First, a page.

Over at the Volokh Conspiracy, Will Baude has posted the text of a proclamation issued by George Washington, then the President of the United States, in 1789, to call for national Thanksgiving celebrations, and an excerpt from a letter written by Thomas Jefferson in 1808, when he was President, to explain his refusal to issue a similar proclamation. These are short but fascinating texts. They are also most topical for us, because they neatly summarize the competing positions in the municipal prayer case which the Supreme Court is now considering, Mouvement laïque québécois v. Saguenay (Ville de).

Washington asserted that “it is the duty of all Nations to acknowledge the providence of Almighty God, to obey his will, to be grateful for his benefits, and humbly to implore his protection and favor.” The submissions of those who argued in favour of the permissibility of the prayer, especially the interveners, and pointed to the Preamble of the Constitution Act, 1982, which states that “Canada is founded upon principles that recognize the supremacy of God” echo this assertion. (These words in the Preamble, for their part, incongruous as they might seem in a constitutional document, somehow echo Washington’s thanks to God “for the peaceable and rational manner, in which we have been enabled to establish constitutions of government.”)

Jefferson, by contrast, argued that as “the government of the U S. [is] interdicted by the Constitution from intermeddling with religious institutions, their doctrines, discipline, or exercises,” he could not even “recommend” a religious “exercise” such as a Thanksgiving celebration. For even a recommendation emanating from the government

must be meant too that this recommendation is to carry some authority, and to be sanctioned by some penalty on those who disregard it; not indeed of fine and imprisonment, but of some degree of proscription perhaps in public opinion. And does the change in the nature of the penalty make the recommendation the less a law of conduct for those to whom it is directed? [Underlining in the original]

This is the position taken by those who are challenging the prayer: even though participation in and even attendance at the prayer is voluntary, it has an exclusionary effect on, a “proscription in public opinion” against, those who do not take part.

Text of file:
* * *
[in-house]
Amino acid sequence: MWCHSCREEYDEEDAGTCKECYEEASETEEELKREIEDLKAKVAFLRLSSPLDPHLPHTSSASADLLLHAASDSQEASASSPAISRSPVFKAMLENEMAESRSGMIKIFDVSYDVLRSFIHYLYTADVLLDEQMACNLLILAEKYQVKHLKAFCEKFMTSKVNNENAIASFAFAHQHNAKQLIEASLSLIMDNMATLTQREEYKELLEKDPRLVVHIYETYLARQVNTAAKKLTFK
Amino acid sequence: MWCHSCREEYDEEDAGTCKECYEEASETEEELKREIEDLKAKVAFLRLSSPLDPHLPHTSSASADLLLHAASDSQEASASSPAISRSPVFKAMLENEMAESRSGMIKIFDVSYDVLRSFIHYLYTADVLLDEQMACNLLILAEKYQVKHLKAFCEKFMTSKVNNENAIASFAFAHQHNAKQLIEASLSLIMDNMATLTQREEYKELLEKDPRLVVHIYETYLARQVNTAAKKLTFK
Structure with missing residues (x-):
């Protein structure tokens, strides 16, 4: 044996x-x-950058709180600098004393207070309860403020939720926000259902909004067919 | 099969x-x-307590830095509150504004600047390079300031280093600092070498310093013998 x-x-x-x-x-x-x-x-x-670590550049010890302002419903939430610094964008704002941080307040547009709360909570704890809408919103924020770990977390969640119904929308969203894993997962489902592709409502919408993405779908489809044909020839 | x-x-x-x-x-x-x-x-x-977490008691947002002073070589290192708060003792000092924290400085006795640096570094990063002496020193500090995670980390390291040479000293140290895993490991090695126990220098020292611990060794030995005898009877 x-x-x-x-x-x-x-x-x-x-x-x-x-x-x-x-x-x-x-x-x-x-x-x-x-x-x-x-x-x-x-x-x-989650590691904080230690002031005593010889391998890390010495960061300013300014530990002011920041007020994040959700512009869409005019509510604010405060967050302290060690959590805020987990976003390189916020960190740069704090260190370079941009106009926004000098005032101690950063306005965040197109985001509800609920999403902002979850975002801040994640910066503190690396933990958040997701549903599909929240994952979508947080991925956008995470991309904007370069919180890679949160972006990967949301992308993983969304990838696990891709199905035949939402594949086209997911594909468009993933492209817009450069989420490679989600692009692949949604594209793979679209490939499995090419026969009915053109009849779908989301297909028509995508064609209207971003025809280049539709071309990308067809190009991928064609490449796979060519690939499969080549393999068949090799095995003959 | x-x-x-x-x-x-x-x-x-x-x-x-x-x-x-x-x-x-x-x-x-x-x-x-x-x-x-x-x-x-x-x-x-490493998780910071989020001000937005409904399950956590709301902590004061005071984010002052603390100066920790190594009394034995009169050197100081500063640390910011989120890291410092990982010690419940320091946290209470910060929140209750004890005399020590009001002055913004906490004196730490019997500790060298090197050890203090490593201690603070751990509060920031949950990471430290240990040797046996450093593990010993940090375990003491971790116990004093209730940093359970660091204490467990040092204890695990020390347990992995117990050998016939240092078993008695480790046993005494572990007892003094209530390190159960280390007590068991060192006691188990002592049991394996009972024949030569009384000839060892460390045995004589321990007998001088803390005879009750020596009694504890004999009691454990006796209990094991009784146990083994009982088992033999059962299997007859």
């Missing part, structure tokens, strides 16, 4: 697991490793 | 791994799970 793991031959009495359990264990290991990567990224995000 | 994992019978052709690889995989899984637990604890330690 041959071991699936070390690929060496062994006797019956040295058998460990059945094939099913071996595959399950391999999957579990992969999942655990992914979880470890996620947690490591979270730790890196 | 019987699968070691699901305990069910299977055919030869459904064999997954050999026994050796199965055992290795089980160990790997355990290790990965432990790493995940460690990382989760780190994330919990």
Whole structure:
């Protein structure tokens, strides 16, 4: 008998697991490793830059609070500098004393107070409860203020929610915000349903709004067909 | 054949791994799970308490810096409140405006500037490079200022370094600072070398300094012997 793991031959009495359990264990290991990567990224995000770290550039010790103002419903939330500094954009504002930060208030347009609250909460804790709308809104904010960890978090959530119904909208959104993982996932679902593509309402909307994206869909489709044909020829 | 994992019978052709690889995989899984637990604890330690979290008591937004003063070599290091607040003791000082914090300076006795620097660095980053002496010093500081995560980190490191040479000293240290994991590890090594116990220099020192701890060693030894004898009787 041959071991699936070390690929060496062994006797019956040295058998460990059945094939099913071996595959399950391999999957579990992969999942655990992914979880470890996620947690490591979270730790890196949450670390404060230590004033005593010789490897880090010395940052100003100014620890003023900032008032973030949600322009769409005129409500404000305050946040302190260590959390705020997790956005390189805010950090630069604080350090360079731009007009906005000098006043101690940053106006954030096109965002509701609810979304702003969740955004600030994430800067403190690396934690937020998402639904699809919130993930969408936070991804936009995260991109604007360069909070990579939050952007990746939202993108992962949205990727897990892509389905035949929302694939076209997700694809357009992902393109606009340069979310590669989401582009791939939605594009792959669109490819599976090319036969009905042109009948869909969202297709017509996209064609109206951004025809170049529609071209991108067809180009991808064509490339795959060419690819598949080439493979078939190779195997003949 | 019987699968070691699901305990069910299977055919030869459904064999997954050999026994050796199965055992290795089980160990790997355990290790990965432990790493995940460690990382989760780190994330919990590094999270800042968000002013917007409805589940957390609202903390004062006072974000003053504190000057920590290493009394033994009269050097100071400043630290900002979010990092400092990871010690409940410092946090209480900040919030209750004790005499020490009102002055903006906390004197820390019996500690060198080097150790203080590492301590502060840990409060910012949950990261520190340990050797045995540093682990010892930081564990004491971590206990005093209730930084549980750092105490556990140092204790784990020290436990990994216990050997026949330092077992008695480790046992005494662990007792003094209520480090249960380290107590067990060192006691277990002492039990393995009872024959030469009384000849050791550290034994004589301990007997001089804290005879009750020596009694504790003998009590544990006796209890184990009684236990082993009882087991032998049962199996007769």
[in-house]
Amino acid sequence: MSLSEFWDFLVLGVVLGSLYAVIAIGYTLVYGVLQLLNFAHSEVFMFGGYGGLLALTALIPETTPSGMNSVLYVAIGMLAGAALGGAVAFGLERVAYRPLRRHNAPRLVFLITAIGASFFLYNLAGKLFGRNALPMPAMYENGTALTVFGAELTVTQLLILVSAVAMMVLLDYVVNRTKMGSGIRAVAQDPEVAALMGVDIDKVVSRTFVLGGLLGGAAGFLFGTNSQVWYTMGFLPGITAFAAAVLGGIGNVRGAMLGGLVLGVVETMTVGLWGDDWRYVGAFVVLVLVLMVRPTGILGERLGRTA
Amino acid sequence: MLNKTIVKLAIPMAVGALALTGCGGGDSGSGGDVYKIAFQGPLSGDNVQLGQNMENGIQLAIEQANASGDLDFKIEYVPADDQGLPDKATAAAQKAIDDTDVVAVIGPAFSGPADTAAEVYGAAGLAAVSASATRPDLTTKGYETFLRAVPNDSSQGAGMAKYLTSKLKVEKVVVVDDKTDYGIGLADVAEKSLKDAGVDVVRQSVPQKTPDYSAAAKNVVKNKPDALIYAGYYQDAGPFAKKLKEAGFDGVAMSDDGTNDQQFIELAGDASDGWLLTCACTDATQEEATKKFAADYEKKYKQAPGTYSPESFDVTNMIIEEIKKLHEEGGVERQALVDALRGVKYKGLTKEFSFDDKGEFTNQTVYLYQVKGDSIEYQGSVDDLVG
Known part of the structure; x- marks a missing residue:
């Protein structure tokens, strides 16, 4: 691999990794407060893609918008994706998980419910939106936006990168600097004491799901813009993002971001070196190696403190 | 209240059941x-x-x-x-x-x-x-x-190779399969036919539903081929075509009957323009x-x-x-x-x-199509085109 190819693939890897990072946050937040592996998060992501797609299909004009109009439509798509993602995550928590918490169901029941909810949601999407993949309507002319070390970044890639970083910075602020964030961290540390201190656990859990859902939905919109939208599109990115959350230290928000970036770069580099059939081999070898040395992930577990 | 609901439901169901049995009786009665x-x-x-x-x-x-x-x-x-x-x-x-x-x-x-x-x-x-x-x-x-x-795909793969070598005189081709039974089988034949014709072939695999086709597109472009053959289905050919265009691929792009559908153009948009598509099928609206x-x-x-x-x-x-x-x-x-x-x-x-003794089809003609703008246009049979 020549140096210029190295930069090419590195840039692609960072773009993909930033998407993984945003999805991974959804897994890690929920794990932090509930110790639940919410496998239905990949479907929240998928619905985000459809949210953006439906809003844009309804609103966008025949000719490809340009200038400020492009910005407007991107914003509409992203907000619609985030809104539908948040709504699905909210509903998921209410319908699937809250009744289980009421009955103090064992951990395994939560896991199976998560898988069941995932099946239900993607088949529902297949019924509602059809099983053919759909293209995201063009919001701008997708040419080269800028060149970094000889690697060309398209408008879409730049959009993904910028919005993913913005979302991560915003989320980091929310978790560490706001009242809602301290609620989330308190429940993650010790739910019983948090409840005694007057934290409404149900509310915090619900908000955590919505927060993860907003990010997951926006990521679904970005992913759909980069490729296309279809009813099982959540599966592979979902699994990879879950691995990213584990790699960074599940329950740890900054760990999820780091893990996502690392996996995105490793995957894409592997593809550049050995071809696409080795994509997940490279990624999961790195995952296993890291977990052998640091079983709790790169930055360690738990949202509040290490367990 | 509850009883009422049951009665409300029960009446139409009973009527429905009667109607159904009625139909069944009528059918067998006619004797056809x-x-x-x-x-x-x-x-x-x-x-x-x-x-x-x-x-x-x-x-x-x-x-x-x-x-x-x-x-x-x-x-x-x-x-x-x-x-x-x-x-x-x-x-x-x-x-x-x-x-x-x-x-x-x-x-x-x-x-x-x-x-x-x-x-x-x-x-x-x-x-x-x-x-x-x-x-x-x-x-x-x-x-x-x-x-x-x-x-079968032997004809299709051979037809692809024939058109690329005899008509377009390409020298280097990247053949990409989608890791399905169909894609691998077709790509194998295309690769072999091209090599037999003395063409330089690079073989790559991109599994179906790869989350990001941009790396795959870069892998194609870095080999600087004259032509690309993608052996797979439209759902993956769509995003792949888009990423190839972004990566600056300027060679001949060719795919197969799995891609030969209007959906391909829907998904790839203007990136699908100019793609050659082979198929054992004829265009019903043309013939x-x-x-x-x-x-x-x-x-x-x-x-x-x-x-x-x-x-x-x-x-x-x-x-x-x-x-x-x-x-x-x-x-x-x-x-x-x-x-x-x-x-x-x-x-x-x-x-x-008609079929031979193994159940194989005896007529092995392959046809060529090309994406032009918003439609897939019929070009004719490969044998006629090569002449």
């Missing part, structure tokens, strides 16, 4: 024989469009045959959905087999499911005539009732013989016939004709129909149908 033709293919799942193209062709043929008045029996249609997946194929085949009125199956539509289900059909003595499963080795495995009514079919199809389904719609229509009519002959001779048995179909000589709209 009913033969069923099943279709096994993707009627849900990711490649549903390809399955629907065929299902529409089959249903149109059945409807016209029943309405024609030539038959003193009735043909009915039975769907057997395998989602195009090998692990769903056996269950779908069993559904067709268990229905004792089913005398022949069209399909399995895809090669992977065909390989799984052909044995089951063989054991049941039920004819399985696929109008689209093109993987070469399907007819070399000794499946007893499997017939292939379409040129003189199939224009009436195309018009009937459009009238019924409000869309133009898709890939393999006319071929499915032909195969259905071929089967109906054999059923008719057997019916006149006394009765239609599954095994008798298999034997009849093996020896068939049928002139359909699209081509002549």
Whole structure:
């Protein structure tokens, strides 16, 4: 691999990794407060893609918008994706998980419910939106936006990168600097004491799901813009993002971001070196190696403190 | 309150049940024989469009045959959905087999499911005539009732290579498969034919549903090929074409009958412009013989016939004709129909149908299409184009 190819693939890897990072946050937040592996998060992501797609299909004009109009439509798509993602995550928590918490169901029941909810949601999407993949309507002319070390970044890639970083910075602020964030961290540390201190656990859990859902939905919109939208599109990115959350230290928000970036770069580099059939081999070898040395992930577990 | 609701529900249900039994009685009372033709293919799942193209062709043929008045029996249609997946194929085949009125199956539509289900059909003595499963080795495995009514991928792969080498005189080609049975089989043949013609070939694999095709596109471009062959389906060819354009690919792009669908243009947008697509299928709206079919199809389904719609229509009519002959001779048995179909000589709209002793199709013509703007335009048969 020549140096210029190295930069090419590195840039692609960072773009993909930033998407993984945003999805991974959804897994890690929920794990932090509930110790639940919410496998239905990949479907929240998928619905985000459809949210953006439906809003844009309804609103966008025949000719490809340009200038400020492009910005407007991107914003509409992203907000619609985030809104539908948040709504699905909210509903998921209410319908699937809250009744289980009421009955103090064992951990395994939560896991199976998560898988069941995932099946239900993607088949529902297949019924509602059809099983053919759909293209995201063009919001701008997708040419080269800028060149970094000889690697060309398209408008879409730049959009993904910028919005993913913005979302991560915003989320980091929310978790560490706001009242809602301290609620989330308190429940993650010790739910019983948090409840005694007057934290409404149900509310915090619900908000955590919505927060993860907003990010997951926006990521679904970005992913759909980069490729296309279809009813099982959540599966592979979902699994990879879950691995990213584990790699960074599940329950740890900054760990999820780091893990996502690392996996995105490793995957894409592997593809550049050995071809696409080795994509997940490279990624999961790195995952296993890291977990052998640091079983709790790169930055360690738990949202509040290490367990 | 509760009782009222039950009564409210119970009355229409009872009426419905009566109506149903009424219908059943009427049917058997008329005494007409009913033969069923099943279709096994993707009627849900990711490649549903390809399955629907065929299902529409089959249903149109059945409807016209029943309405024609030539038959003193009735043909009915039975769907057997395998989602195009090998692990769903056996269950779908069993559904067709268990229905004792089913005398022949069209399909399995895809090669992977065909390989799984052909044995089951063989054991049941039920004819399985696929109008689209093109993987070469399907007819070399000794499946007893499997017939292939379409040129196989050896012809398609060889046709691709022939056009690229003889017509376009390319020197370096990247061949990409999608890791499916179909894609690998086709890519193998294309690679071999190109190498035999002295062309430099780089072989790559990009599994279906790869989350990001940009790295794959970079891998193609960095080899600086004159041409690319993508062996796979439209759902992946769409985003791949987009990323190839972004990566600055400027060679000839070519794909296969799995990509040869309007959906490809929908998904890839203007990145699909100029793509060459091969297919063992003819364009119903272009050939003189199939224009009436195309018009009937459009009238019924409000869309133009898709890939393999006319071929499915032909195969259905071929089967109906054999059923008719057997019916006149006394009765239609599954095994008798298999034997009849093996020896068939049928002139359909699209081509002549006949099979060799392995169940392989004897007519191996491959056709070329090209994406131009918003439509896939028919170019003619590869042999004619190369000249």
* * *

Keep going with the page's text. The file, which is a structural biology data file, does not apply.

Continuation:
My own sympathies lies firmly with Jefferson here, but I think that it is important to acknowledge the pedigree, and the good faith, of the contrary position. The question before the Supreme Court is not an easy one.

On an unrelated note, I cannot resist highlighting a couple of phrases in Washington’s proclamation, which show that, as I have already explained here, the purported difference of national character between the Americans, who believe in “life, liberty and pursuit of happiness” and Canadians, who believe in “peace, order and good government” is blown out of proportion by our romantic nationalists. Washington thanked God “for the great degree of tranquility, union, and plenty, which we have … enjoyed,” and implored Him to “bless [all Sovereigns and Nations] with good government, peace, and concord.” So there.

Finally, to my American readers, a happy Thanksgiving. I am grateful for your support!

Author: Leonid Sirota

Law nerd. I teach public law at the University of Reading, in the United Kingdom. I studied law at McGill, clerked at the Federal Court of Canada, and did graduate work at the NYU School of Law. I then taught in New Zealand before taking up my current position at Reading.

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